Can I fill a metallic conductor with a very large positive charge, attach it with a insulator to a wall, put it near a window under the sun (visible light and UV in order to cause it to expell electrons by photoelectric effect) and wait for mosquitos to fly near the metal and be injected with electrons? Would they become negatively charged enough to be attracted to the conductor permanently? Their mass is about 2.5 mg, maximum velocity is $0.7 \frac{m}{s}$ and their maximum kinetic energy is about 1.225 mJ. Their area is about 5$mm^2$.


closed as off-topic by Kyle Kanos, stafusa, ZeroTheHero, Jon Custer, AccidentalFourierTransform Sep 1 '18 at 2:22

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    $\begingroup$ If you can easily add electrons to a mosquito, what mechanism prevents the electrons from just hopping off again? $\endgroup$ – BowlOfRed Aug 30 '18 at 17:38
  • $\begingroup$ I was thinking about a constant potential applied to the conductor in order to preserve the same total charge on it, while the flux of electrons is almost constant. Will a continuous flux of electrons on the mosquito work as a solution to the problem exposed by your question? $\endgroup$ – Costantino Aug 30 '18 at 17:47
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    $\begingroup$ Unless there's some mechanism to keep charge on the mosquito, I don't know why the conductor wouldn't pull them off the mosquito as fast as anything else can put them on. It's not too hard to find the forces that would be present on a charged mosquito near some other charged object. It's much harder (and probably beyond this site) to understand how to establish and maintain such a charge on a free-flying mosquito. $\endgroup$ – BowlOfRed Aug 30 '18 at 17:53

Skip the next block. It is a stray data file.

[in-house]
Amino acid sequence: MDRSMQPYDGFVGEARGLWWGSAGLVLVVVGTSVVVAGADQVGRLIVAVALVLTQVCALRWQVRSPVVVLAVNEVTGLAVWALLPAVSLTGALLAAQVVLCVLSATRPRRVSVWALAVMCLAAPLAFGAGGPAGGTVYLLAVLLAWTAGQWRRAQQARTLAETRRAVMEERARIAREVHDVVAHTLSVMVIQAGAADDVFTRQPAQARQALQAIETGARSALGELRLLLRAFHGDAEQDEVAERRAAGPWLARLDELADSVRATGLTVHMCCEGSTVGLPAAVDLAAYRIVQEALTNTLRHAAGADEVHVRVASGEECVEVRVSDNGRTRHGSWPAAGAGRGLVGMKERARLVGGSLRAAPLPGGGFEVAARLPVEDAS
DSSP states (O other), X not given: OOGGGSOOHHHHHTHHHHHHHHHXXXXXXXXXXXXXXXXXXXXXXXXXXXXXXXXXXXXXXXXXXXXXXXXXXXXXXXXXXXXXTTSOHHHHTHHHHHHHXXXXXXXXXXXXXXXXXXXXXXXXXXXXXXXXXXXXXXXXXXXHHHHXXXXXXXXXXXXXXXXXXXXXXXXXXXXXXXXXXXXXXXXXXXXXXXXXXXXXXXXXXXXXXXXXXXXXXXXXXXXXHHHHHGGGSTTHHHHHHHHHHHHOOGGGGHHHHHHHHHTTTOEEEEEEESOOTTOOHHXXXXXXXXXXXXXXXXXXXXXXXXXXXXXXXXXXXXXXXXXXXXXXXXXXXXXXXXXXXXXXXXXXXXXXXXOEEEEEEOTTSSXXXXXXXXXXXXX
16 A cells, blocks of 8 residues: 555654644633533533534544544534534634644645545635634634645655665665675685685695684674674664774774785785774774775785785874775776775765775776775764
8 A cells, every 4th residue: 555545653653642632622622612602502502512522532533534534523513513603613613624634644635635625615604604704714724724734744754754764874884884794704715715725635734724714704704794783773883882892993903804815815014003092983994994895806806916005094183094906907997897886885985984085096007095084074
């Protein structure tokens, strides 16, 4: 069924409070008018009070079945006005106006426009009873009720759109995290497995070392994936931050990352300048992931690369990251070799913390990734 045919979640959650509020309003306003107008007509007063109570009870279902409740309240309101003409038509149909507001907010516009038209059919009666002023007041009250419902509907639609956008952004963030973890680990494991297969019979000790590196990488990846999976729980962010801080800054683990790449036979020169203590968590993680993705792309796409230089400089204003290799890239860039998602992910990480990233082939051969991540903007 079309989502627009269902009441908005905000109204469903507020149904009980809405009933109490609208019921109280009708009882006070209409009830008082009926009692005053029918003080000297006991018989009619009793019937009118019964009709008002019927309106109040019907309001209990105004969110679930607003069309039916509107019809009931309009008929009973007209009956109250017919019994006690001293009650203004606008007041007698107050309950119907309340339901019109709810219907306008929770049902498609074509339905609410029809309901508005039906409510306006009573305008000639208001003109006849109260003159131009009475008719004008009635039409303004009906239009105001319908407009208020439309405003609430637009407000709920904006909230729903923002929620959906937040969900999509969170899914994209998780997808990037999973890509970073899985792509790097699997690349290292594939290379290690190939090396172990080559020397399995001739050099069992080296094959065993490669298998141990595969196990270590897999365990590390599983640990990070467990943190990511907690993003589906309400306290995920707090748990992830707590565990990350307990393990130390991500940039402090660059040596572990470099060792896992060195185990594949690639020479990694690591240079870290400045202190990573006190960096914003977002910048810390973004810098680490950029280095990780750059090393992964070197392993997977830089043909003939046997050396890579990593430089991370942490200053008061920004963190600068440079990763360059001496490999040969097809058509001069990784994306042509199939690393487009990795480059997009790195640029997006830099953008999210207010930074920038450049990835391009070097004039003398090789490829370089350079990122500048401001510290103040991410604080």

• $\begingroup$ That would be a problem... While the solution comes, I found out that in order to generate a force that surpasses all the possible energy of the mosquito to escape, we need the quantity (qQ/r) to be greater than 7x10^(-14) C^2/m. q is supposed to be the charge on the mosquito and Q the one on the conductor; r the distance between the mosquito and the conductor where we want to extend the "capture" sphere. If we cover an entire room of 5m, it would be approximately qQ > 3.5*10^-13. Capacitance and voltage on the metal left to decide. $\endgroup$ – Costantino Aug 30 '18 at 18:59
  • $\begingroup$ I think that by the time that you apply enough voltage to induce an electrical charge that might even come close to being significant that you'll just end up zapping the mosquitos with an electrical breakdown of the air through the mosquito, and of course that's already been done. $\endgroup$ – Samuel Weir Aug 30 '18 at 19:48

To create a sustainable electric field, you'll need to have the metal piece connected to a high voltage power supply. Otherwise, the charge will quickly dissipate.

If the field is strong enough, it might attract mosquitoes, even if they are not carrying any net charge, due to the electrostatically induced charge - which is similar to dust being attracted to charged objects. Also, I am not sure if the photoelectric effect due to UV in the sunlight will produce enough electrons to make a difference - will depend on the intensity of the sunlight and the type of metal.

A number of electrostatic mosquito traps have already been implemented - not sure how effective or wide spread they are. Some of them, like this, rely on an insect actually touching a plate, picking up a charge and then pulled to another plate. Some, like this, just include closely spaced positive and negative wires which trap mosquitoes, when the try to fly between the wires.


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